The May 20, 1972, constitution provides for strong executive authority. The president can name and dismiss cabinet members and judges, negotiate and ratify treaties, accredit ambassadors, commute sentences, grant pardons, lead the armed forces, and declare states of national emergency and be invested with special powers. If the president dies or is permanently incapacitated, the speaker of the National Assembly becomes acting president for up to 40 days until elections are held. In the National Assembly, laws are adopted by majority vote of members present, except for cases where the president calls for a second reading; adoption then requires approval by a majority of the assembly's total membership. Only the president may ask the Supreme Court to review a law's constitutionality. Each of the 10 provinces has a presidentially-appointed governor and an administrative staff, and each province's divisions and subdivisions have presidentially-appointed chief officers. This internal administrative system is under the Ministry of Territorial Administration. Other ministries may have representatives at each level. The president, the minister of justice, and the president's judicial advisers (Supreme Court) top the judicial hierarchy. Next come the provincial appeals courts, chief judges for the divisions, and local magistrates. Traditional courts still play a major role in domestic, property, and probate law. Tribal laws and customs are honored in the formal court system when not in conflict with national law. Traditional kingdoms and organizations also exercise other functions of government; traditional rulers are treated as administrative adjuncts and receive a government salary. Formal governmental and tribal structures are mutually reinforcing and allow for local variation.
Principal Government Officials
President--Paul Biya Speaker of the National Assembly--Djibril Cavaye Yegue Prime Minister--Simon Achidi Achu Ambassador to the United States--Paul Pondi Ambassador to the United Nations--Pascal Biloa Tang Cameroon maintains an embassy in the United States at 2349 Massachusetts Avenue NW, Washington, DC 20008 (tel. 202-265- 8790) and consulates in San Francisco and Houston.


From 1955 until the mid-1960s, Cameroon had known sustained terrorist activity--begun in opposition to foreign rule and continued after independence against moderates in Cameroon's governments--led by the outlawed Union of Cameroon Peoples and supported by foreign communist and radical African regimes. Terrorism gradually was reduced to isolated banditry. The capture of the last important rebel leader in 1970 signaled the end of concerted rebel action and the effective achievement of political consolidation. When President Ahidjo resigned in November 1982, he was constitutionally succeeded by Prime Minister Paul Biya. Biya received his own mandate in 1984, renewed in a single-candidate 1988 election. His term will expire in 1993. Cameroon has never had a successful military coup d'etat, but, in April 1984, elements of the Republic Guard tried to overthrow Biya. The revolt was put down by loyal armed forces. Many conspirators were executed within months of the suppression; the last of those imprisoned were released April 1991 in a general amnesty. In the March 1, 1992, multi-party elections for the National Assembly, the Cameroon People's Democratic Movement won 88 of 180 seats. It entered into a coalition with a small opposition party to retain a majority and form the present government. Two other parties also are represented in the assembly.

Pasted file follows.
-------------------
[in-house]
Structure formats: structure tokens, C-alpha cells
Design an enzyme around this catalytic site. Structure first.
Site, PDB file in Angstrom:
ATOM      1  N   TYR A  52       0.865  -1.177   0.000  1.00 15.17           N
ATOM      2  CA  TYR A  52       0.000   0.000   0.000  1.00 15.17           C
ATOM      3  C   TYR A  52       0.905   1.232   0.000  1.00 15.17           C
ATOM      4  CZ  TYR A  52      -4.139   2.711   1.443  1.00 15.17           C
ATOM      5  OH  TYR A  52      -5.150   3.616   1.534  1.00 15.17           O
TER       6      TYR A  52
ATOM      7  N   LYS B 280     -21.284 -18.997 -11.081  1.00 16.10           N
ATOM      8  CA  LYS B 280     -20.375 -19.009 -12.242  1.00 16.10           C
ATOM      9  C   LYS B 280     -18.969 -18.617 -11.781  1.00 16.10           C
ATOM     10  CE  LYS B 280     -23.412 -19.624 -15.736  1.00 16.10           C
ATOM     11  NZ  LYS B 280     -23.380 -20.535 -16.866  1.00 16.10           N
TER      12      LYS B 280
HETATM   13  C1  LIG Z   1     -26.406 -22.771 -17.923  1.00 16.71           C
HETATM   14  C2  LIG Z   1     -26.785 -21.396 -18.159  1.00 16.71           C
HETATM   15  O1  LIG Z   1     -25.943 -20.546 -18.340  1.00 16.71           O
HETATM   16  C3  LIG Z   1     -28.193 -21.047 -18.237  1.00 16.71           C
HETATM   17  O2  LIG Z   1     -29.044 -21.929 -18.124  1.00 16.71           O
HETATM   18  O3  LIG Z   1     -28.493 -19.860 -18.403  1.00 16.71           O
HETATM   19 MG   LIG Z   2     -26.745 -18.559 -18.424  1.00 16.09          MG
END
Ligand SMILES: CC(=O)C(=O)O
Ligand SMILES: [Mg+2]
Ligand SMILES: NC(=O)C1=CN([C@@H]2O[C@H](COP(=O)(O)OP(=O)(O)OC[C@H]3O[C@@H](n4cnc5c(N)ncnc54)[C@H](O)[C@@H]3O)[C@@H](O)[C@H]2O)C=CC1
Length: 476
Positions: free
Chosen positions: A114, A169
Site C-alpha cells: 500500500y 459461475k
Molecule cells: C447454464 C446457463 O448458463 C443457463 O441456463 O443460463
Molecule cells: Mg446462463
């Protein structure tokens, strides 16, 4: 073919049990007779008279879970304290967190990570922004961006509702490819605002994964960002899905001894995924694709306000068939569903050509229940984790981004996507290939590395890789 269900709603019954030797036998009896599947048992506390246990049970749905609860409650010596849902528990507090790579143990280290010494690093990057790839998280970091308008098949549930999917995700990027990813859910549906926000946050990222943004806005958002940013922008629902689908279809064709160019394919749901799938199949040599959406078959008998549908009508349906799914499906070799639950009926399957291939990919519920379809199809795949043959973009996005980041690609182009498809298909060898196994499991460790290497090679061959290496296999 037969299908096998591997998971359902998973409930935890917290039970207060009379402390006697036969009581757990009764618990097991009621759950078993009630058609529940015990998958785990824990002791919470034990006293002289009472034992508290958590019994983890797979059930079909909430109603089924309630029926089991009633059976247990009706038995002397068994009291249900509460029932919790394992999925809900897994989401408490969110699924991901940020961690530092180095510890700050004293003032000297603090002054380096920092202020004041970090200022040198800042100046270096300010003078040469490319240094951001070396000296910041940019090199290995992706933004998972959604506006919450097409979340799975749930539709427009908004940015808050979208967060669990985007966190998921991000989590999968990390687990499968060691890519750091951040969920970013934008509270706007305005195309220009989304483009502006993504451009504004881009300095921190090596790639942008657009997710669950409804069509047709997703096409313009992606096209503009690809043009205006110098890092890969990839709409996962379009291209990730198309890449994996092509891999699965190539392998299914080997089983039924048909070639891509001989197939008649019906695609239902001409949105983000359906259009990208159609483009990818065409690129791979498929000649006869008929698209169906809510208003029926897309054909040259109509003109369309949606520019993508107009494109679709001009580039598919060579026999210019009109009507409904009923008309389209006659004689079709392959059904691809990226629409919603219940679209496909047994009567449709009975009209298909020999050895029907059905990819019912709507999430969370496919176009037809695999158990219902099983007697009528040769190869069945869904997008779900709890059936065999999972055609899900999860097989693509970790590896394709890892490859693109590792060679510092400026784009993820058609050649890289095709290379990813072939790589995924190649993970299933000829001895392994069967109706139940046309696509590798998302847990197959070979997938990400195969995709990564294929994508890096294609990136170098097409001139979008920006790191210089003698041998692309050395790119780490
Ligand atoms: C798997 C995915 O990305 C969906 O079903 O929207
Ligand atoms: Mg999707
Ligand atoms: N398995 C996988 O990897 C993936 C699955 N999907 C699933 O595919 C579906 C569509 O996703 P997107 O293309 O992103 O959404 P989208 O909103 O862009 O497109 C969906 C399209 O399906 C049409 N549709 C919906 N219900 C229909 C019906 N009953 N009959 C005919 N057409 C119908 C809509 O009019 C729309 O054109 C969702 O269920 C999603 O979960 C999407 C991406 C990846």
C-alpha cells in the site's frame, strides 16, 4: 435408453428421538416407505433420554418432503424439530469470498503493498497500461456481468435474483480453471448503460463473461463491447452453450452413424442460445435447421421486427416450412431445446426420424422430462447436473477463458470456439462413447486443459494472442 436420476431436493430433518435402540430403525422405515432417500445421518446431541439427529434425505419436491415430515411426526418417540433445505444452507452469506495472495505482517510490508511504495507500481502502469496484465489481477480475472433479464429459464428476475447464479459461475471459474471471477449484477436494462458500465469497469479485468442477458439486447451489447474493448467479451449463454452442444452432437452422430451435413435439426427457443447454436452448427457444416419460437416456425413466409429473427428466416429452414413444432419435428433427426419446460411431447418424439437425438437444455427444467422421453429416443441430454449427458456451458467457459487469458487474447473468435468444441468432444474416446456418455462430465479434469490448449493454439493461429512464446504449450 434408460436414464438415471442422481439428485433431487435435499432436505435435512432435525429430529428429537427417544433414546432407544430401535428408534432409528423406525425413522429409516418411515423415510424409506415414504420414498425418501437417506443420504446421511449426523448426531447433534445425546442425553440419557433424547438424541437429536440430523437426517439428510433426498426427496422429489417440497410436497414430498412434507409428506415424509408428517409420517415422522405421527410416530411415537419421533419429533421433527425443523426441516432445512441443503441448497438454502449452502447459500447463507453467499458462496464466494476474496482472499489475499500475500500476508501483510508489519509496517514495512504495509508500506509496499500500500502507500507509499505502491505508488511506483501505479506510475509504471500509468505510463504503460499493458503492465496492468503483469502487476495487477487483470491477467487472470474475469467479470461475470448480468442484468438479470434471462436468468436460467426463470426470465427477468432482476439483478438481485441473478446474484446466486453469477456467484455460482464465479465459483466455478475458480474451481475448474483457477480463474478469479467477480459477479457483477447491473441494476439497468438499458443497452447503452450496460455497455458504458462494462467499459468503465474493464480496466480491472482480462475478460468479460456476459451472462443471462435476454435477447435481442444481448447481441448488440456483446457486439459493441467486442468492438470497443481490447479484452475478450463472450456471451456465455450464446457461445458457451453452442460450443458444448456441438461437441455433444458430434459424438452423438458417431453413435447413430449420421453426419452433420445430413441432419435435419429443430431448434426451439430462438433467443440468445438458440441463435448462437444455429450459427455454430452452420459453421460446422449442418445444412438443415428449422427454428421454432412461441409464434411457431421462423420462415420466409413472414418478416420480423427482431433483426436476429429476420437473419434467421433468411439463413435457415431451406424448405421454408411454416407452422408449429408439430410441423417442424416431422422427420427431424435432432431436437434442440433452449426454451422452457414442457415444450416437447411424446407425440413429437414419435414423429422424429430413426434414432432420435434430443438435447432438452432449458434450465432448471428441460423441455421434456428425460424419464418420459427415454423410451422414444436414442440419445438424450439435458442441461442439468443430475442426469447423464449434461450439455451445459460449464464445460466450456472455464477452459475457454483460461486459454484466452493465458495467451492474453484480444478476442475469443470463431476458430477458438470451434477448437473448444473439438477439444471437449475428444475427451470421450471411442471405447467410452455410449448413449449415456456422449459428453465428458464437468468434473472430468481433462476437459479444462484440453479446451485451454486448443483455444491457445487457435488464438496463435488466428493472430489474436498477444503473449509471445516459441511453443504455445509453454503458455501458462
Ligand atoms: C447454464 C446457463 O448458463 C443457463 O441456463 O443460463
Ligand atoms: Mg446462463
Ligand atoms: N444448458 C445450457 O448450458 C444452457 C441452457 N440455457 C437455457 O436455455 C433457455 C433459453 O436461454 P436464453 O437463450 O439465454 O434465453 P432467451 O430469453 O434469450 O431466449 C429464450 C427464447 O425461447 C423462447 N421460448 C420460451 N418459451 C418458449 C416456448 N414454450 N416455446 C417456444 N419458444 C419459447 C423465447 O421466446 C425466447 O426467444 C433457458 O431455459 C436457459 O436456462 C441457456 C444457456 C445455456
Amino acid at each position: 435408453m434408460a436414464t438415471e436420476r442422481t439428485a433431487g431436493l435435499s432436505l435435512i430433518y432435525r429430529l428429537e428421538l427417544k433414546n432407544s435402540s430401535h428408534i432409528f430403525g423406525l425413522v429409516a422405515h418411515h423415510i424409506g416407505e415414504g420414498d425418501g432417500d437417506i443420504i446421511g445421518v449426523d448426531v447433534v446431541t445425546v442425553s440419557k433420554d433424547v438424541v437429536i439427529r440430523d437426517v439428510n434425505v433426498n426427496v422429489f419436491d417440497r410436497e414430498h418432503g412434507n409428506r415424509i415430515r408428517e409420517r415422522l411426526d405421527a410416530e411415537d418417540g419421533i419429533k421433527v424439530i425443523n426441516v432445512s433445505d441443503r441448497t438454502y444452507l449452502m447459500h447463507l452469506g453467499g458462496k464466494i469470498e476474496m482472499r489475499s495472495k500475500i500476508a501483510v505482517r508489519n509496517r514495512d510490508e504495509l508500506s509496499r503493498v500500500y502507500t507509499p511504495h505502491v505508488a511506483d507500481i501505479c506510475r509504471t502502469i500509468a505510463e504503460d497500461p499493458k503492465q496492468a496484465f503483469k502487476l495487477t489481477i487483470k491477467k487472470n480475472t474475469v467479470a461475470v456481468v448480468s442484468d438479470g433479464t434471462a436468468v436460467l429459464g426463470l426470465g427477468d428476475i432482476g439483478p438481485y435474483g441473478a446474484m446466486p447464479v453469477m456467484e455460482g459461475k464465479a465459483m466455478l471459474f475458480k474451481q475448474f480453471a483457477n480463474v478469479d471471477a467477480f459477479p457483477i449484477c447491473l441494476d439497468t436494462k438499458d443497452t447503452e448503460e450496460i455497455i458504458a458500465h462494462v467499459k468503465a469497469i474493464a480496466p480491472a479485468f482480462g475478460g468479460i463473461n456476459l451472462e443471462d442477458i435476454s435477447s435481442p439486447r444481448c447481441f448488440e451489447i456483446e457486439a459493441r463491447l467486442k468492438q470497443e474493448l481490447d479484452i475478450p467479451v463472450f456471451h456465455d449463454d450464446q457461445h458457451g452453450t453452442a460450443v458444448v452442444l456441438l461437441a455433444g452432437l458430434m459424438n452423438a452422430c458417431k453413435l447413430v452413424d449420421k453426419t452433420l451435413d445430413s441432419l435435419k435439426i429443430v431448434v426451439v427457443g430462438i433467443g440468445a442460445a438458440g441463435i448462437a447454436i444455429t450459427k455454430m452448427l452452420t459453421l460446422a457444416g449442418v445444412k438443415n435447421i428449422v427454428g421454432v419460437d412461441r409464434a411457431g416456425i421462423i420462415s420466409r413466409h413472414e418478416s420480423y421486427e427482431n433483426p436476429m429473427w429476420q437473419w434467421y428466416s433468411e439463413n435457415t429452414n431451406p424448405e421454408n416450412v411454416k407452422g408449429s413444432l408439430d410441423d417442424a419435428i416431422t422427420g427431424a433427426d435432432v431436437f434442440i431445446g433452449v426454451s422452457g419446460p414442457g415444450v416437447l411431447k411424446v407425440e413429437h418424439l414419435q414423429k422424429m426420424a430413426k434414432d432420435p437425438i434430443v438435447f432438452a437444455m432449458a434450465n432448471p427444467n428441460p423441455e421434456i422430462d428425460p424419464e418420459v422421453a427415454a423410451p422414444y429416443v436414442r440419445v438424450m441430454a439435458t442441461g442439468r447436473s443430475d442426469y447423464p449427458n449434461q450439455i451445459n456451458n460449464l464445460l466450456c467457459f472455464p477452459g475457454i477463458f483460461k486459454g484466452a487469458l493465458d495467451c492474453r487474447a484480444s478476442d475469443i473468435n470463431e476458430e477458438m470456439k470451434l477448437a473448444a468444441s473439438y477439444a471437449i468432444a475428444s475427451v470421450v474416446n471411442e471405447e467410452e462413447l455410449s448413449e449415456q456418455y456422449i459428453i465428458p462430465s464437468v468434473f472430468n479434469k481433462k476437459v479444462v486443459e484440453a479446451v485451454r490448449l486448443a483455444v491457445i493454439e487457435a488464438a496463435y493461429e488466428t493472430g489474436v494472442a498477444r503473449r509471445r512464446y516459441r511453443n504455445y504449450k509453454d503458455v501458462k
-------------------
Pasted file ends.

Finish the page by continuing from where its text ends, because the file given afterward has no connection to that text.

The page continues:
Cameroon's economy grew from independence in 1960 until 1985. In the mid-1970s and early 1980s, economic growth averaged 8% yearly. The country's petroleum production and a rich and diverse agricultural base contributed to the growth. Starting in 1986, prospects darkened when the collapse of world prices for Cameroon's major export commodities--petroleum, coffee, and cocoa--brought a trade shock. An African economic success story in the early 1980s, by the last half of the decade, Cameroon was in a crisis marked by a shrinking economy and serious money shortage. The US Embassy and the International Monetary Fund (IMF) estimate that Cameroon had improving balance-of-payments through the first half of the 1980s, mainly due to oil export revenues; lower world commodity prices led to a current account deficit during the second half of the decade. Still, per capita income is one of the highest in Sub-Saharan Africa, and it is a "middle-income" developing country. Cameroon is implementing a stringent Structural Adjustment Program (SAP) developed in conjunction with the World Bank and the IMF. It already has begun cutting its current account and budget deficits. The government also has moved to liberalize the economy, such as easing bureaucratic regulation. The government moved quickly in 1990 to create a free trade zone. The zone, which is being created with the assistance of the US Agency for International Development (USAID) and the Overseas Private Investment Corporation, will let Cameroon develop internationally competitive export industries. Cameroon's new investment code offers foreign investors a simplified, transparent, and automatic investment approval process, including the creation of a "one-stop shop" that will provide many investment authorization services in one place. Foreign and domestic investors are given 14 guarantees, including property ownership, transfer of capital and income, and full expropriation compensation. Although France still is Cameroon's primary foreign investor, the government concluded an investment guaranty agreement with the United States in 1967, and a bilateral investment accord with the United States was ratified in 1989. Petroleum is the country's single most important export, producing more than 40% of national export earnings. Agricultural commodities, such as cocoa, coffee, and wood, also are important sources of export income. Agriculture remains the economy's mainstay and employs 70% of the work force. The country is agriculturally self-sufficient, and plans are underway to abolish the inefficient state-owned commodities marketing board. Cameroon's manufacturing sector is small, about 13% of GDP. Light manufacturing predominates. The government is privatizing many public and para-public economic enterprises. The country's physical infrastructure--such as the national transportation system--is being improved gradually, but recent austerity budgets have given little scope to public works projects. The country has international airports at Douala and Garoua. A third major airport, at Yaounde, opened in March 1992. Foreign financial assistance is important to Cameroon's development. France has been the principal aid donor; the United States also has provided aid (see: US-Cameroonian Relations). For further information on foreign economic trends, commercial development, production, trade regulations, and tariff rates, contact the International Trade Administration, US Department of Commerce, Washington, DC 20230 or any Commerce Department district office.